Every Sunday the sound of the organ and hymn-singing of the congregation wafted across the street to the house opposite where the Jewish girl was busy at work, industrious and trustworthy in her calling. ‘Remember the Sabbath day, to keep it holy!’ was her law, but the Sabbath was a working day for Christians, and she could only keep it holy in her heart, which she didn’t think was enough. But what is a day or an hour to God? that thought had arisen in her soul, and on the Christians’ Sunday the hour of divine service was less disturbed; if the sound of the organ and hymn-singing reached her behind the sink in the kitchen, it felt holy and quiet even there. She then read the Old Testament, her people’s treasure and property, nothing else but that, for what her father had said to her and the teacher when she was removed from school lay deep within her mind, the promise that had been given her dying mother, that Sara was not to be baptised, not leave the faith of her forefathers. The New Testament was and should remain a closed book to her, although she knew so much of it, it was vivid in her childhood memories. One evening, she was sitting in the corner of the living room, she heard the master of the house reading aloud, and she dared to listen, it was not from the Gospels, no, he was reading from an old history book, it must be acceptable for her to listen to that, it was about a Hungarian knight that had been captured by a Turkish Pasha, who had him yoked together with the oxen in front of the plough, be driven forward with a whip and exposed to endless mockery and suffering.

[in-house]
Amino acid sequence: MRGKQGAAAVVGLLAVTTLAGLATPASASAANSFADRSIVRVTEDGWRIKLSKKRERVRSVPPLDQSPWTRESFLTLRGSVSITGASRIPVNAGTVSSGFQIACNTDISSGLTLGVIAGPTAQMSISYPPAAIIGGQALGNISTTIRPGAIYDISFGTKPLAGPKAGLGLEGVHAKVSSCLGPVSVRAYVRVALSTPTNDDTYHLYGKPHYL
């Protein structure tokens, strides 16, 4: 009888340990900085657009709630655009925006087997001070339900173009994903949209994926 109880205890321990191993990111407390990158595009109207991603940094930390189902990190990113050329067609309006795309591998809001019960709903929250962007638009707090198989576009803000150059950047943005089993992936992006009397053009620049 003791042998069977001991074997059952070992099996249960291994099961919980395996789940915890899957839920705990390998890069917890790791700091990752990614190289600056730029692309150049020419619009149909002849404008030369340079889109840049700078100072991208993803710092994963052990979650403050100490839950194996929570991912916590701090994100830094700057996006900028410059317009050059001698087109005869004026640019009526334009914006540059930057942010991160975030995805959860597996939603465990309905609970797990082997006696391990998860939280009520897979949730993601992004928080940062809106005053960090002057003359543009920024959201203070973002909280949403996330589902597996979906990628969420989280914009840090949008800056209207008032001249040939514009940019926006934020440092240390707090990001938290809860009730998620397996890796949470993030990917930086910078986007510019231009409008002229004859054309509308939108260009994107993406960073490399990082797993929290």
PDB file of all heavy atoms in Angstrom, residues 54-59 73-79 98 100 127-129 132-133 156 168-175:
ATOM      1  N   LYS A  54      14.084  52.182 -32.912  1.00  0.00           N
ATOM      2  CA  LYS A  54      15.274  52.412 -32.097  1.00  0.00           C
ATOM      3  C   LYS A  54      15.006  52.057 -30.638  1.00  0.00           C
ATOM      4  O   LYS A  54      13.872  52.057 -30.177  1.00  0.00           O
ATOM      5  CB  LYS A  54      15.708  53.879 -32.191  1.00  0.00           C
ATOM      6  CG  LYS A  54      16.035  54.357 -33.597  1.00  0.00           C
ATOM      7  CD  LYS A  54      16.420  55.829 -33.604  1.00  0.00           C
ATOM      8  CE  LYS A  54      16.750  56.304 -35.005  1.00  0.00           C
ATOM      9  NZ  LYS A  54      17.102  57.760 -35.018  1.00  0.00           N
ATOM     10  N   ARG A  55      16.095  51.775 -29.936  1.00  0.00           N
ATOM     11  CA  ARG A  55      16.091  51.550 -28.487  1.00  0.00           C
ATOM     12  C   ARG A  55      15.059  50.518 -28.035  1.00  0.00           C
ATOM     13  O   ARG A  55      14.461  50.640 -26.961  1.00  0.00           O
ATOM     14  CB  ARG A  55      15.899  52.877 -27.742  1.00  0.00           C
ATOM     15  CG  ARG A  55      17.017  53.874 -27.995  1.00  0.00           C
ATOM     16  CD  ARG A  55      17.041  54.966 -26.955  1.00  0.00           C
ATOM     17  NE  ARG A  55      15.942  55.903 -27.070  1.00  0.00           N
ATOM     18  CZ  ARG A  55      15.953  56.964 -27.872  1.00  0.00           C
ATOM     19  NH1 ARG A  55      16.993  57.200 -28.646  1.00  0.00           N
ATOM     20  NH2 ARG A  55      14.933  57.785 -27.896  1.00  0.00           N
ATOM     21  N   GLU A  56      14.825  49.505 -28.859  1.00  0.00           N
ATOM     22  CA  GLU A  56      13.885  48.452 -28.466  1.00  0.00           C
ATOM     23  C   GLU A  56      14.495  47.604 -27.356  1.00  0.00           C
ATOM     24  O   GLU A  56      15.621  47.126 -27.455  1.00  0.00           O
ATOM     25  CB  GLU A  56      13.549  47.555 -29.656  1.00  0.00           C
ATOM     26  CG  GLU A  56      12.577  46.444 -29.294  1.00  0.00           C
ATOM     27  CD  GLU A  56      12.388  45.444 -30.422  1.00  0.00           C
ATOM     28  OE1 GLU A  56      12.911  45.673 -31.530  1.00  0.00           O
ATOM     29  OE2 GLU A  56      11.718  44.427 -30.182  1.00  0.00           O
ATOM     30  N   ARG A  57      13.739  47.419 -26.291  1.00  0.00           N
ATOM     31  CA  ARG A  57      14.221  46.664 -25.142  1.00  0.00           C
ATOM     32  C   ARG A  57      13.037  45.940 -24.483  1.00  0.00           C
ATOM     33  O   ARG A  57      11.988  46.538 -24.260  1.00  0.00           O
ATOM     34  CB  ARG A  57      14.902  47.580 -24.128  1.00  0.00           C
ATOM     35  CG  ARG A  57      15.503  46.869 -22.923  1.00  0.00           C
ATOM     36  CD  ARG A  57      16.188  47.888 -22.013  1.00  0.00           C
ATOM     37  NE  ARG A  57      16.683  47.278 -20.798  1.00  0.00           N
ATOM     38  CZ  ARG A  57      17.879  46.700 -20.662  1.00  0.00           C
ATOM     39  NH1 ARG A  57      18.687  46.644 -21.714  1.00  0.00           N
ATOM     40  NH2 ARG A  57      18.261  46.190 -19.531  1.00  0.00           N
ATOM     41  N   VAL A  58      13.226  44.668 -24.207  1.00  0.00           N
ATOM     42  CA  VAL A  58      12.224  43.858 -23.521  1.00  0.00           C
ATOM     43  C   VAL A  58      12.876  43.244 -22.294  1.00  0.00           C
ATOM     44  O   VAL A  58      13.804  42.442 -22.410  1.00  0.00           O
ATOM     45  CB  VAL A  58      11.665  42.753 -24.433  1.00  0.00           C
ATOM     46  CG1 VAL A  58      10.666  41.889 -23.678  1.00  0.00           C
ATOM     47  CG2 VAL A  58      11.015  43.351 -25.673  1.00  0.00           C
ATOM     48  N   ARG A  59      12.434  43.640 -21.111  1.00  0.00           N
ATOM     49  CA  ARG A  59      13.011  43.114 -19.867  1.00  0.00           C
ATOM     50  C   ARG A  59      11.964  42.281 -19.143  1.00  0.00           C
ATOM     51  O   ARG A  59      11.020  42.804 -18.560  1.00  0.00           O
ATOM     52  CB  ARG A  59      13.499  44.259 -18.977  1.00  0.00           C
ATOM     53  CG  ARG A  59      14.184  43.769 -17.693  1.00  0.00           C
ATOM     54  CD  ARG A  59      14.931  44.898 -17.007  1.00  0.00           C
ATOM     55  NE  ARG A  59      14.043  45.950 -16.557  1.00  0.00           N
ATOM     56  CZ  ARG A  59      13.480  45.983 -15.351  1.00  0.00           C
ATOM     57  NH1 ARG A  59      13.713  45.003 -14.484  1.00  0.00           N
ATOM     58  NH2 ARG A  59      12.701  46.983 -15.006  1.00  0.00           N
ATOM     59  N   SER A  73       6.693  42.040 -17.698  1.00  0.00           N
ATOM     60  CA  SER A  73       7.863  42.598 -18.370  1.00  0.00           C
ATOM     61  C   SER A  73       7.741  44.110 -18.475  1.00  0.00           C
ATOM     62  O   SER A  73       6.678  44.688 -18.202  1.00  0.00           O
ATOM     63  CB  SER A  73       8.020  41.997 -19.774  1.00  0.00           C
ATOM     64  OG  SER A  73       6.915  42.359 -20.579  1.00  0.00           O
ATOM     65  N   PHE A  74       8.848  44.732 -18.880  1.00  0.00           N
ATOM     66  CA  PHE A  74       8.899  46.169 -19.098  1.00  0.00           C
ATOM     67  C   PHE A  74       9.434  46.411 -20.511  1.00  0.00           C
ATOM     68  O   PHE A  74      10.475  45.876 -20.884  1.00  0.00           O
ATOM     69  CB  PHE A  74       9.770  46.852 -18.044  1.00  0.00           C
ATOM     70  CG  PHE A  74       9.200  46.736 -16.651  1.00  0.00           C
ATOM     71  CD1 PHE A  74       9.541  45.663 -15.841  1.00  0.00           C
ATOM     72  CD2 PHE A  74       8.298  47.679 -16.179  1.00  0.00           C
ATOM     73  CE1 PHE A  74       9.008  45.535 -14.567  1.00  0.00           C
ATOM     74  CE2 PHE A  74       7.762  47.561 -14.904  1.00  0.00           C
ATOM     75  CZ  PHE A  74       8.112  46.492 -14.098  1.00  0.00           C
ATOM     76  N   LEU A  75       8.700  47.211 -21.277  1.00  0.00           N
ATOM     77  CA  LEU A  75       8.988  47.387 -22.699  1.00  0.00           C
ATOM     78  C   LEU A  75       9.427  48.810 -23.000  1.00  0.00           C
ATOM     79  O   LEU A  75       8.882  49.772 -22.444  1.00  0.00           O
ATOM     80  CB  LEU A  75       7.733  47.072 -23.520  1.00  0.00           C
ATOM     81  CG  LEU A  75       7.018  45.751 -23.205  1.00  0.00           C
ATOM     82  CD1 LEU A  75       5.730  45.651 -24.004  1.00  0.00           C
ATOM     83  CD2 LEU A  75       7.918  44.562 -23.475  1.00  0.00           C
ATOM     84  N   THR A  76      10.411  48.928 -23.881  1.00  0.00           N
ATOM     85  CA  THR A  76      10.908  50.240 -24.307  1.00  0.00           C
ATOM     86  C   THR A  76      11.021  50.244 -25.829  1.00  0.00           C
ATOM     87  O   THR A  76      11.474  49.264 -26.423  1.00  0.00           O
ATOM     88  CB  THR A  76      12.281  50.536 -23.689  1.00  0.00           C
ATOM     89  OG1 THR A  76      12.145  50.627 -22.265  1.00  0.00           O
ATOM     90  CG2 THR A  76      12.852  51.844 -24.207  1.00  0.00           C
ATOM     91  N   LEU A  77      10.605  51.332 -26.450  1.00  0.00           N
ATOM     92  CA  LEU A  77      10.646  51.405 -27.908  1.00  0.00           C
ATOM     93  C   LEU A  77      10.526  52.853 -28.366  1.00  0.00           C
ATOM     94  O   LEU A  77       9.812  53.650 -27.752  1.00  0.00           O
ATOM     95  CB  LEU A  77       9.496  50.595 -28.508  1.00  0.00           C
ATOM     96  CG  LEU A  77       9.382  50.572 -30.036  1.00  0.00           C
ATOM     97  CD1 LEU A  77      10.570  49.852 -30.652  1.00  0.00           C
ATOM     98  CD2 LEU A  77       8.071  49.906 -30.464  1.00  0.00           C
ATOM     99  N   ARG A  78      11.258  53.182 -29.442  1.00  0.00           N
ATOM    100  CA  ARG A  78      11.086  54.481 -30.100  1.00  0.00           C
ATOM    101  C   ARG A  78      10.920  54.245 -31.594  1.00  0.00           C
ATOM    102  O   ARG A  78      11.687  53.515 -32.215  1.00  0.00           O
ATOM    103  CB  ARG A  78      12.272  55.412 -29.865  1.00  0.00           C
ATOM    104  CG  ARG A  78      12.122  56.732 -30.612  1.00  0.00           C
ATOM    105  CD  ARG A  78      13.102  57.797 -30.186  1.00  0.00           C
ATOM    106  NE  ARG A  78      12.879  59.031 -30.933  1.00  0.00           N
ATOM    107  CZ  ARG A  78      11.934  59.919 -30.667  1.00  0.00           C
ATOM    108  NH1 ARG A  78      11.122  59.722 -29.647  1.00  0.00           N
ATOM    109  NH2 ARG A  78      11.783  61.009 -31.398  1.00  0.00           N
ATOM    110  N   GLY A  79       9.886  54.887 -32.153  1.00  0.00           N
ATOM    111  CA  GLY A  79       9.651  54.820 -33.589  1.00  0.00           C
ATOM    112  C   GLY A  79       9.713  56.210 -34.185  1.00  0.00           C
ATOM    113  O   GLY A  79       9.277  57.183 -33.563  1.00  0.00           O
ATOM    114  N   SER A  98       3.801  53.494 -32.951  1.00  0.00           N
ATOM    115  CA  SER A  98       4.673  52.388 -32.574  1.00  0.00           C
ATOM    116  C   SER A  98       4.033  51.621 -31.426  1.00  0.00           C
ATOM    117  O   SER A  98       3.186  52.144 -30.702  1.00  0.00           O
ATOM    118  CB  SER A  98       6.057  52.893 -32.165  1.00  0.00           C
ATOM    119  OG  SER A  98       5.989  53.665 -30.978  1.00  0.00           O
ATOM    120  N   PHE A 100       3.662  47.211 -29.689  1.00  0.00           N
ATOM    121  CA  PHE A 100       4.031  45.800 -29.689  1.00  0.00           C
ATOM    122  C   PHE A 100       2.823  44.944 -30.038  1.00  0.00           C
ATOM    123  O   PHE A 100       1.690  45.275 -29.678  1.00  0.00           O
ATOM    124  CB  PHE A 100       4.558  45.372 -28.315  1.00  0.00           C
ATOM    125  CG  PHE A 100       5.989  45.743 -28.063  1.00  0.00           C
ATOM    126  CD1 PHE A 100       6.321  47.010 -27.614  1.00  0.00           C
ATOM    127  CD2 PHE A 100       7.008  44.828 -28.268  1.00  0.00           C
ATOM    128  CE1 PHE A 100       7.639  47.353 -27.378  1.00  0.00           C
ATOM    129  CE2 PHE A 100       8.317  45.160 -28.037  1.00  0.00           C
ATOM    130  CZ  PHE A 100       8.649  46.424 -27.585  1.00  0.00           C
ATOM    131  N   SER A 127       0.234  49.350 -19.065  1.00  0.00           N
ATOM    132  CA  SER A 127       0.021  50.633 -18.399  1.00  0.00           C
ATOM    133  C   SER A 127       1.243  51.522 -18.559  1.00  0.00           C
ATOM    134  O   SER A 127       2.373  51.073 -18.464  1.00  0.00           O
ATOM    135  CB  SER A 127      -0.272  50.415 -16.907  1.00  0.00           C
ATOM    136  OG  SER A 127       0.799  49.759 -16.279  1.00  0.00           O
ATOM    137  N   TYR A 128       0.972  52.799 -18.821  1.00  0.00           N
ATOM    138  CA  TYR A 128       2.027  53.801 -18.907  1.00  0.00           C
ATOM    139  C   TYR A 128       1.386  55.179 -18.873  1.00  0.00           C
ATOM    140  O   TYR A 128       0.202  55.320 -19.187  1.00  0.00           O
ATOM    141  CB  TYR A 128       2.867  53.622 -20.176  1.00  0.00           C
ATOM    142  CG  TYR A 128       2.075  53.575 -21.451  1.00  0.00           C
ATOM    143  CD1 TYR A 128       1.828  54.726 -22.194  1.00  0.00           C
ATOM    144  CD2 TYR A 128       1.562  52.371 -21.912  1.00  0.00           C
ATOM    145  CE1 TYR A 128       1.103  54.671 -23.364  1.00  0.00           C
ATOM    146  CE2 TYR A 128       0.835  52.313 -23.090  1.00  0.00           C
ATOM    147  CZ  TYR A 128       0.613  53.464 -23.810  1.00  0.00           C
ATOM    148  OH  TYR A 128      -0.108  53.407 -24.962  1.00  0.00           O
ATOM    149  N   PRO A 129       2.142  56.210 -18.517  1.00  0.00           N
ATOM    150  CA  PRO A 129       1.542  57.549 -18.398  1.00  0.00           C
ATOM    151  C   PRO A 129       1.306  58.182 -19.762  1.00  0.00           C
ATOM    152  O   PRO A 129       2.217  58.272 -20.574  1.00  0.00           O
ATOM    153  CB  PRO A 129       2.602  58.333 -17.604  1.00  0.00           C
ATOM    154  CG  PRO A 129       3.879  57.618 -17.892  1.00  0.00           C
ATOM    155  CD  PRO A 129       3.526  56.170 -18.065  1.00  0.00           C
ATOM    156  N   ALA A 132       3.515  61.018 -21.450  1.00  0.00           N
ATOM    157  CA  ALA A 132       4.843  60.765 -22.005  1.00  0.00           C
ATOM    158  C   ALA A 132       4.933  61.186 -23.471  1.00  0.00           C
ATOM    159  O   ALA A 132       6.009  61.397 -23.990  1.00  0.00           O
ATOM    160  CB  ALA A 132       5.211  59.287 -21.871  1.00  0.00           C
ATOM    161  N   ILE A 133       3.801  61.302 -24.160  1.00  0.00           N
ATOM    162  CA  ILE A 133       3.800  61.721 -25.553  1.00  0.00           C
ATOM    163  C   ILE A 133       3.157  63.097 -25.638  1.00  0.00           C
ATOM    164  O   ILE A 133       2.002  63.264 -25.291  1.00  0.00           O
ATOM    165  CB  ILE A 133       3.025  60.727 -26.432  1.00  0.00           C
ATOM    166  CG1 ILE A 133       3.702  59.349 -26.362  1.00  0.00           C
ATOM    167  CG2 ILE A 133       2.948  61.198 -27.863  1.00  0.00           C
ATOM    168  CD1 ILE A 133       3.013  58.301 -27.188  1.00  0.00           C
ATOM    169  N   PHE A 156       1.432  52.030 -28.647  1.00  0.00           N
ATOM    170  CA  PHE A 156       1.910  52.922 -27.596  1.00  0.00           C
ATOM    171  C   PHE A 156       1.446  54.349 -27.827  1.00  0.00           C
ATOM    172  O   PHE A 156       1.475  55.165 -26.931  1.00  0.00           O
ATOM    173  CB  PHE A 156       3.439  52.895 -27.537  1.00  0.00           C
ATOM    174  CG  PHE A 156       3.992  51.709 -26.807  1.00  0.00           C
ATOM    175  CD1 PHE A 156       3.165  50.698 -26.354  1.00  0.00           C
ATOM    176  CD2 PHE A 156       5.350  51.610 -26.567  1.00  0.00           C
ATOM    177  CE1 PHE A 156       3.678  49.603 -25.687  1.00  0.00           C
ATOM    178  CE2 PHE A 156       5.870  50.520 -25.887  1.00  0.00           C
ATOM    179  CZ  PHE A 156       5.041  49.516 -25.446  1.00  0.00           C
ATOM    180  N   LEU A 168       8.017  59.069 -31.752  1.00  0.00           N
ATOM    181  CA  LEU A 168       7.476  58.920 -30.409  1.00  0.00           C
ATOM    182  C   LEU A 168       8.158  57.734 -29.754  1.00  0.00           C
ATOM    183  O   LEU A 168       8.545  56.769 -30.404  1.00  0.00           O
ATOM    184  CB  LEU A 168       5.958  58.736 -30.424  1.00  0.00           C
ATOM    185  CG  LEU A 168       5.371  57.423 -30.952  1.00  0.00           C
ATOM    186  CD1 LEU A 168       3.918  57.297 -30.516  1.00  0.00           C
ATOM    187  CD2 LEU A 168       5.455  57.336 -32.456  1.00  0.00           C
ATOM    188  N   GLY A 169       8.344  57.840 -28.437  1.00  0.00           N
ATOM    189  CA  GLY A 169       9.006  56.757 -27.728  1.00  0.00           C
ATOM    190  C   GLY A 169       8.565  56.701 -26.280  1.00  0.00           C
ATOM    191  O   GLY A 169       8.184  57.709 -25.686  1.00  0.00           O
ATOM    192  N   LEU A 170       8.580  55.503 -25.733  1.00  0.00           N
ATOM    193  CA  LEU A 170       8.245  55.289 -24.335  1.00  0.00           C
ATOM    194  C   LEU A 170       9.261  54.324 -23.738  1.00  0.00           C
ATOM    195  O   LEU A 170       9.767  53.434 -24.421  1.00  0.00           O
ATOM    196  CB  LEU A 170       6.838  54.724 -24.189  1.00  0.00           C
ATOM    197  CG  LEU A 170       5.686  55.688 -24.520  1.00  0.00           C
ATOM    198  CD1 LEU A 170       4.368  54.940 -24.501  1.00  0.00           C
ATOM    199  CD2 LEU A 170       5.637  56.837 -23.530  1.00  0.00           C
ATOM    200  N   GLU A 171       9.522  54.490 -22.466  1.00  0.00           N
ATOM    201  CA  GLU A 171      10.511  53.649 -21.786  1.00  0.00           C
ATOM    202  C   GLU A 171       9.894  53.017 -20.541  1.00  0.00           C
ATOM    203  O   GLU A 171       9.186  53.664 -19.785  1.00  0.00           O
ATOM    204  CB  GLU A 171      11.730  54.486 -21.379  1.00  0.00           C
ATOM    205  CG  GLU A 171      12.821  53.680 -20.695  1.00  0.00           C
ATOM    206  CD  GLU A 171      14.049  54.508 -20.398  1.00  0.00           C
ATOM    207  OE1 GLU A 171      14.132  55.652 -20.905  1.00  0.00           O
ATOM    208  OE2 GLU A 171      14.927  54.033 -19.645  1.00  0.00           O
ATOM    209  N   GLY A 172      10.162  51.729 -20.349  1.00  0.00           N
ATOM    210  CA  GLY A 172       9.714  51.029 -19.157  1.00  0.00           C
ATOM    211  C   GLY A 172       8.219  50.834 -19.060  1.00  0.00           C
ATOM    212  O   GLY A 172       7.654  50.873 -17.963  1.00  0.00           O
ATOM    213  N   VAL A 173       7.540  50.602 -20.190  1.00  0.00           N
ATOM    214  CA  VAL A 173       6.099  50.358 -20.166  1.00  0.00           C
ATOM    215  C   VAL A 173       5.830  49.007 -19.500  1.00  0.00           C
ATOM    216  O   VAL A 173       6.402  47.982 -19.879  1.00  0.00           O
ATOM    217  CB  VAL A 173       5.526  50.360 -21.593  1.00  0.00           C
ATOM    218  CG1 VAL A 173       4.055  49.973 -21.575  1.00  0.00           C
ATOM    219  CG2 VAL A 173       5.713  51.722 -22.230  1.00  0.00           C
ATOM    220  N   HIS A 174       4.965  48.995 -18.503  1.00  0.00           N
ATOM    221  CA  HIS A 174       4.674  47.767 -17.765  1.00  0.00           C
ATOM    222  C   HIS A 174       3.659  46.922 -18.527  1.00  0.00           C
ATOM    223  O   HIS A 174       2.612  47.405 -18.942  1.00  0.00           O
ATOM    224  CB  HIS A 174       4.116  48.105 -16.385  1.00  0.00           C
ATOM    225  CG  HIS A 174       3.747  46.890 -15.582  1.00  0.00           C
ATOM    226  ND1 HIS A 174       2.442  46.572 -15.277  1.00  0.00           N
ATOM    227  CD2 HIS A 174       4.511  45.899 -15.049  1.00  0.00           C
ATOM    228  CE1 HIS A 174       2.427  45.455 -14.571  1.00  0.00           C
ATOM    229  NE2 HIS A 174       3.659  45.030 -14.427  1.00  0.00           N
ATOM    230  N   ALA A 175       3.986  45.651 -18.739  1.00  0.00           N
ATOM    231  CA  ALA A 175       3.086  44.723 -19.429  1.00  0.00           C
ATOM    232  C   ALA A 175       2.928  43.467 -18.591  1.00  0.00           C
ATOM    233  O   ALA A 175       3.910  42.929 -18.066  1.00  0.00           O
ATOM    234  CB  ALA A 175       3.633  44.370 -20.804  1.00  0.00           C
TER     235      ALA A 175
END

The knight’s wife sold all her jewellery, pawned castle and land, his friends contributed great sums of money, for the ransom demanded was scarcely credible, but they succeeded in collecting it, and he was released from slavery and ignominy; sick and suffering he managed to reach his home. Soon, however, there was a general call to arms against the foe of Christendom; the sick man heard about this and could find no rest nor peace of mind, he had himself lifted onto his charger, the blood came back to his cheeks, his strength seemed to return, and he set out for victory. The same Pasha who had had him yoked to the plough, mocked and made to suffer now became his prisoner and he was brought back to the castle dungeon, but during the very first hour he was there the knight came and asked his captive: